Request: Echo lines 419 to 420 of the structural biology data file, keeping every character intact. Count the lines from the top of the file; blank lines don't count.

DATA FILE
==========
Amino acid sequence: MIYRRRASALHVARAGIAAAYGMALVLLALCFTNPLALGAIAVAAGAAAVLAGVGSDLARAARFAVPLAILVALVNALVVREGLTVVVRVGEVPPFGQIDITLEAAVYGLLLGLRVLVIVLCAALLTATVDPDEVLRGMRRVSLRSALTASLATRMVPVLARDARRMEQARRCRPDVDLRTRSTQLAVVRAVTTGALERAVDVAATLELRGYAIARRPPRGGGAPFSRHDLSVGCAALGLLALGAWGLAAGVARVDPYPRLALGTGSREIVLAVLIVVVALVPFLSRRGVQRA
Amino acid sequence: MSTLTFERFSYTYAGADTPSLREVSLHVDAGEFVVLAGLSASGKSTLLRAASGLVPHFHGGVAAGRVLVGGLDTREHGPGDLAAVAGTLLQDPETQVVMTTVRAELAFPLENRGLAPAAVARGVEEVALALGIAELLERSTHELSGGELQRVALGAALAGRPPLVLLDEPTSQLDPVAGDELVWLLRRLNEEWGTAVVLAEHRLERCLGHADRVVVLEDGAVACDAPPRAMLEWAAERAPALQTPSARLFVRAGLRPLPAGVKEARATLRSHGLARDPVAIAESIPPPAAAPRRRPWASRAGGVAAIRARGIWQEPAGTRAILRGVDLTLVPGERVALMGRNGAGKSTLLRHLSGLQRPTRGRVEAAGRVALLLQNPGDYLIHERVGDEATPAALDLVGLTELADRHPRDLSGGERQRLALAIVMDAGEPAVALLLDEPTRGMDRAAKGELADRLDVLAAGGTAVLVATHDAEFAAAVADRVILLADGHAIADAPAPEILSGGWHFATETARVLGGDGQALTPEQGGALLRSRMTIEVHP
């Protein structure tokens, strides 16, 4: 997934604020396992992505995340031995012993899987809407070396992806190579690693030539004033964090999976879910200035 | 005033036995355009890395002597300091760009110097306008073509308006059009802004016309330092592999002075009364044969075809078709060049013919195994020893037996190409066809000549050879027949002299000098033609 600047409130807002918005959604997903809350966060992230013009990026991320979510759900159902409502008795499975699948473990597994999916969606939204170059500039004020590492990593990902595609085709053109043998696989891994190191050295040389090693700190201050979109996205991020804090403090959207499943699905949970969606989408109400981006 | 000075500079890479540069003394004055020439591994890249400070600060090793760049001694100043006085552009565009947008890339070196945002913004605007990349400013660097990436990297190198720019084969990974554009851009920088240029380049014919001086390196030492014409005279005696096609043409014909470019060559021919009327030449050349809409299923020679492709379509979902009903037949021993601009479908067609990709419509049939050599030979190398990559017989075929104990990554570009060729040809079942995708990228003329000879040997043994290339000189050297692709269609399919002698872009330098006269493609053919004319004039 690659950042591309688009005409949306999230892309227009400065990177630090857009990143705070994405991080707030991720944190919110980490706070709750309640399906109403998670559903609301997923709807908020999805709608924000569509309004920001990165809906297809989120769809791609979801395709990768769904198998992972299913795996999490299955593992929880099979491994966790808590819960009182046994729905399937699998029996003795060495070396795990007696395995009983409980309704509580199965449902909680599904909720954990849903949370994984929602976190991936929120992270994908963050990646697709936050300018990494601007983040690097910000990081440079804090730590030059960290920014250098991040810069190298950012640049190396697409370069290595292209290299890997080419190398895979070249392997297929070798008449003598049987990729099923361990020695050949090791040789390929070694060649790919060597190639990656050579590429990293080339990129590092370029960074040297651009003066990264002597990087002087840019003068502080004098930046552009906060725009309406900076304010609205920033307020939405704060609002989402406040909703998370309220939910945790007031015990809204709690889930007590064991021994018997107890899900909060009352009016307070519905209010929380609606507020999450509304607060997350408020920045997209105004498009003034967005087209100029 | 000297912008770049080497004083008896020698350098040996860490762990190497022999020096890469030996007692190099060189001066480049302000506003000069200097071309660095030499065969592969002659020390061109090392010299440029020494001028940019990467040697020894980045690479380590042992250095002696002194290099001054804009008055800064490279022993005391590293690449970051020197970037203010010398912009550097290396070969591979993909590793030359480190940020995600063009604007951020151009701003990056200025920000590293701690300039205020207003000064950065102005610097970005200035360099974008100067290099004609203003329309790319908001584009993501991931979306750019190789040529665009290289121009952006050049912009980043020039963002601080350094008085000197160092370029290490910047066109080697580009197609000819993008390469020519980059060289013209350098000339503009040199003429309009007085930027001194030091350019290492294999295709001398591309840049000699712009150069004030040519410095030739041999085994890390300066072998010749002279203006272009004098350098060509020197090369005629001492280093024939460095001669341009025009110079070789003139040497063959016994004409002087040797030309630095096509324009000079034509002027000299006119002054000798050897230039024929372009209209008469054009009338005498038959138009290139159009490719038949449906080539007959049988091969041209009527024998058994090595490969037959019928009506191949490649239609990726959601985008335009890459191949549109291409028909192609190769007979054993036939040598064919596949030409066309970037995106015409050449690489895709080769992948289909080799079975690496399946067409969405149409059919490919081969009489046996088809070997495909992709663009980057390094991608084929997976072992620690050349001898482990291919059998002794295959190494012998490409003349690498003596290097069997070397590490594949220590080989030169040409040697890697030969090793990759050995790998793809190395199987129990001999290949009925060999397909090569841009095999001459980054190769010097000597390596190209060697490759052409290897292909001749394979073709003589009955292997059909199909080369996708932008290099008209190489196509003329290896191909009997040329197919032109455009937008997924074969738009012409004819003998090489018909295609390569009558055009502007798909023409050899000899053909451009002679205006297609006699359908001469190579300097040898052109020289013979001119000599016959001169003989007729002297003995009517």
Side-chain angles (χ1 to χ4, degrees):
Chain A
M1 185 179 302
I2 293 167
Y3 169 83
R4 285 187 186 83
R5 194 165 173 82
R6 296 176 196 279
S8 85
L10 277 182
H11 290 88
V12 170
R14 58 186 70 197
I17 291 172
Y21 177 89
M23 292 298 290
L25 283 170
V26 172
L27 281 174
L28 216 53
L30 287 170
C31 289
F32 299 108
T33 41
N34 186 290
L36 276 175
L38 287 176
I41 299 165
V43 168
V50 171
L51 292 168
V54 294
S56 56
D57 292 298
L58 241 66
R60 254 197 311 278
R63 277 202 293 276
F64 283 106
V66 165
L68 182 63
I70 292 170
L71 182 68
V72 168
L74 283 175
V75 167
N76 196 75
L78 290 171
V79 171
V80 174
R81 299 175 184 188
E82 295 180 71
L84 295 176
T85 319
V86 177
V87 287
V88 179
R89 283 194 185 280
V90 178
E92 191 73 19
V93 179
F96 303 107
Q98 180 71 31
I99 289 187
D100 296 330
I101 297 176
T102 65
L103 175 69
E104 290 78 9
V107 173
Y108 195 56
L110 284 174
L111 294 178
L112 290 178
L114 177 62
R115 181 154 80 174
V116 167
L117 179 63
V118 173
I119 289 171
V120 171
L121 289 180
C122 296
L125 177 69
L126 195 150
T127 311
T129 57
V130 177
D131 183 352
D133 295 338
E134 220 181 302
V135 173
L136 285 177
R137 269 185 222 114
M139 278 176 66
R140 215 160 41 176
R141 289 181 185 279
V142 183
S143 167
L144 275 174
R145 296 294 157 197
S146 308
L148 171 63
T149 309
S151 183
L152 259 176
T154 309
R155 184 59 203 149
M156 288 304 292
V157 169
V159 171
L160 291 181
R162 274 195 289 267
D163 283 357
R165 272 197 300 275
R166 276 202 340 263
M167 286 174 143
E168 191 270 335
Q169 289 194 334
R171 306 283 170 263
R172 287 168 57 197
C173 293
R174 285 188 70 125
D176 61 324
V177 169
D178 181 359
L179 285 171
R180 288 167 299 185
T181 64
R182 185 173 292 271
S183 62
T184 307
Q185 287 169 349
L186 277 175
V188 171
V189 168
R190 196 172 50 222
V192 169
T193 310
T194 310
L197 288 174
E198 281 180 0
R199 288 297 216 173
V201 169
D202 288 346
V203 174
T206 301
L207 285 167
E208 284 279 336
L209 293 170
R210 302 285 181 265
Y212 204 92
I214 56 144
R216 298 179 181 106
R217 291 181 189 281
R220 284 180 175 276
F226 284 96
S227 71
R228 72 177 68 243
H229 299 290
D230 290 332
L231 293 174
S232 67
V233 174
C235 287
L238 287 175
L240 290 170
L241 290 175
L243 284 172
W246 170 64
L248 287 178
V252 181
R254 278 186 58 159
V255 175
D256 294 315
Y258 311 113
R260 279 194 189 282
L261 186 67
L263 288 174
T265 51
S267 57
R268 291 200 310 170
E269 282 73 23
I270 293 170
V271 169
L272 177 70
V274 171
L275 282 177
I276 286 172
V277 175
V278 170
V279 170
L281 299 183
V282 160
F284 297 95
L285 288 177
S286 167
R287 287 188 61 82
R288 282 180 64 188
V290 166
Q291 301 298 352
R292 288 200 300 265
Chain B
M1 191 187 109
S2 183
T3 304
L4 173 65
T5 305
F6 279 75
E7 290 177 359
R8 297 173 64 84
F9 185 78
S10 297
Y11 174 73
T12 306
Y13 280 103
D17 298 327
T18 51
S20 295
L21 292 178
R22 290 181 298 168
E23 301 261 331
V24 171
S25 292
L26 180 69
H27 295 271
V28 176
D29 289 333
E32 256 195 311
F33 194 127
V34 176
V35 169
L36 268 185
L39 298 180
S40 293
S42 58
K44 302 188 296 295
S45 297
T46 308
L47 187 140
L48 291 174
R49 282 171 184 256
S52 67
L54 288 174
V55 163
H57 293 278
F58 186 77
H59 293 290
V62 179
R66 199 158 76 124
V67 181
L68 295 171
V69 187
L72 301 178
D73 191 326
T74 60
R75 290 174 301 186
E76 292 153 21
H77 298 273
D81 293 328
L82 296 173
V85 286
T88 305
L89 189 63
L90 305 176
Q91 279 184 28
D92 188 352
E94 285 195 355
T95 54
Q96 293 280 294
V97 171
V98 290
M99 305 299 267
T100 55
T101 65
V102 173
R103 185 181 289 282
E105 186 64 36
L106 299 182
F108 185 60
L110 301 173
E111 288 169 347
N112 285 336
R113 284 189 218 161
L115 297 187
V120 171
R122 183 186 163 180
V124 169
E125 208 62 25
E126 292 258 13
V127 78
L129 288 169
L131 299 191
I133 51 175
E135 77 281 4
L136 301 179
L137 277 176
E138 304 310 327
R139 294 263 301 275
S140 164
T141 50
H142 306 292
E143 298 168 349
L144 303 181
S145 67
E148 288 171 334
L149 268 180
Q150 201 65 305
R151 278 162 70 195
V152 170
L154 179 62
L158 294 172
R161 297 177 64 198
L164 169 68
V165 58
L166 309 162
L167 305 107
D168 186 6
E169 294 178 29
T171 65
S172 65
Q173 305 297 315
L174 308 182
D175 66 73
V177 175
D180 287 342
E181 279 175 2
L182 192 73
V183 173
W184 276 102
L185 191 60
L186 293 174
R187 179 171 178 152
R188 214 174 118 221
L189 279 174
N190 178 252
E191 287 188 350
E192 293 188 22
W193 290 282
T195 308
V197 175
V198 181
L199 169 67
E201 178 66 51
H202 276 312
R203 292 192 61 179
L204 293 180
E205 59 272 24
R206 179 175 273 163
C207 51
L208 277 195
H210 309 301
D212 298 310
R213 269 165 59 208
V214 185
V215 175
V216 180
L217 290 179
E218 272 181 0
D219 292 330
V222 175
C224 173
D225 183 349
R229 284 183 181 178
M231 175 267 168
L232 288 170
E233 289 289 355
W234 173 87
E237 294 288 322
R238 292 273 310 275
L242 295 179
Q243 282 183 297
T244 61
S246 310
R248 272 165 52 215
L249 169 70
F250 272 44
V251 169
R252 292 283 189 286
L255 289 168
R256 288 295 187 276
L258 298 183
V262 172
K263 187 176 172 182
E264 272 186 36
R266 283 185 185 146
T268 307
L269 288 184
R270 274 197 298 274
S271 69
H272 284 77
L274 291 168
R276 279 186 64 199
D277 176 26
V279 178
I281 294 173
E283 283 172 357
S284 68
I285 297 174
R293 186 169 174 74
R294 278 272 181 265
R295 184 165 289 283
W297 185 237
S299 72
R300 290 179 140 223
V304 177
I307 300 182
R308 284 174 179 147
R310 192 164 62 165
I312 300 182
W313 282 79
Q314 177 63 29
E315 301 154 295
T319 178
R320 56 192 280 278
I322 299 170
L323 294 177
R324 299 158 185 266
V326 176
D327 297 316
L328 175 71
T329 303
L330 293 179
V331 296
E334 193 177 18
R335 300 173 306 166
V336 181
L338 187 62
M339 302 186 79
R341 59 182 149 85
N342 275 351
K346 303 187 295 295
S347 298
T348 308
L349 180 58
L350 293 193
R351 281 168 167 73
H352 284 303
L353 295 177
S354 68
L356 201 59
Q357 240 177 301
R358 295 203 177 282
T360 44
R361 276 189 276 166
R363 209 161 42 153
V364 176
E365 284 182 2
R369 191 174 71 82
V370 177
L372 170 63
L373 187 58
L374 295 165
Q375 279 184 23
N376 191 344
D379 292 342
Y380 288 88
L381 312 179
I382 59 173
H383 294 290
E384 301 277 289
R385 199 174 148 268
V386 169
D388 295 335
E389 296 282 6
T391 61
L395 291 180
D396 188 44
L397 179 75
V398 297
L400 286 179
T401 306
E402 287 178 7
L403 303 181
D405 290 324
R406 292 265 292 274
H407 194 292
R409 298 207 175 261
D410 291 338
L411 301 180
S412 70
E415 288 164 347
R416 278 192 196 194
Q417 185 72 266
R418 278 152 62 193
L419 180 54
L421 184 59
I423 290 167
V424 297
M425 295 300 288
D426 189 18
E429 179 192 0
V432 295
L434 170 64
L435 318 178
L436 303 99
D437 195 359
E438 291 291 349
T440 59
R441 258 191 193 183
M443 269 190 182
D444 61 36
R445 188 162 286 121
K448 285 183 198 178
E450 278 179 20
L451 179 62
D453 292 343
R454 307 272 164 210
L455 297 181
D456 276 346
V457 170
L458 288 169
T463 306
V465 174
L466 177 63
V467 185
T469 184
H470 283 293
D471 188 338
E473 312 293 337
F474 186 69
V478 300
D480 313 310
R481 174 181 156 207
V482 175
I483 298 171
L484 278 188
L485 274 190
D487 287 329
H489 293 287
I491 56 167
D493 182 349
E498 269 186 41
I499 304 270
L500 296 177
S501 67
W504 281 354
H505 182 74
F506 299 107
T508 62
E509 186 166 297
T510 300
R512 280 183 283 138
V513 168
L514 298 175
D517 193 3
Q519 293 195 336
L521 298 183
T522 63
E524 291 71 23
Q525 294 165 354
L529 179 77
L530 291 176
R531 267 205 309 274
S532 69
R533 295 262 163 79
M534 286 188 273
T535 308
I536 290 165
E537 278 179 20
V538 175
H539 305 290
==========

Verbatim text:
L323 294 177
R324 299 158 185 266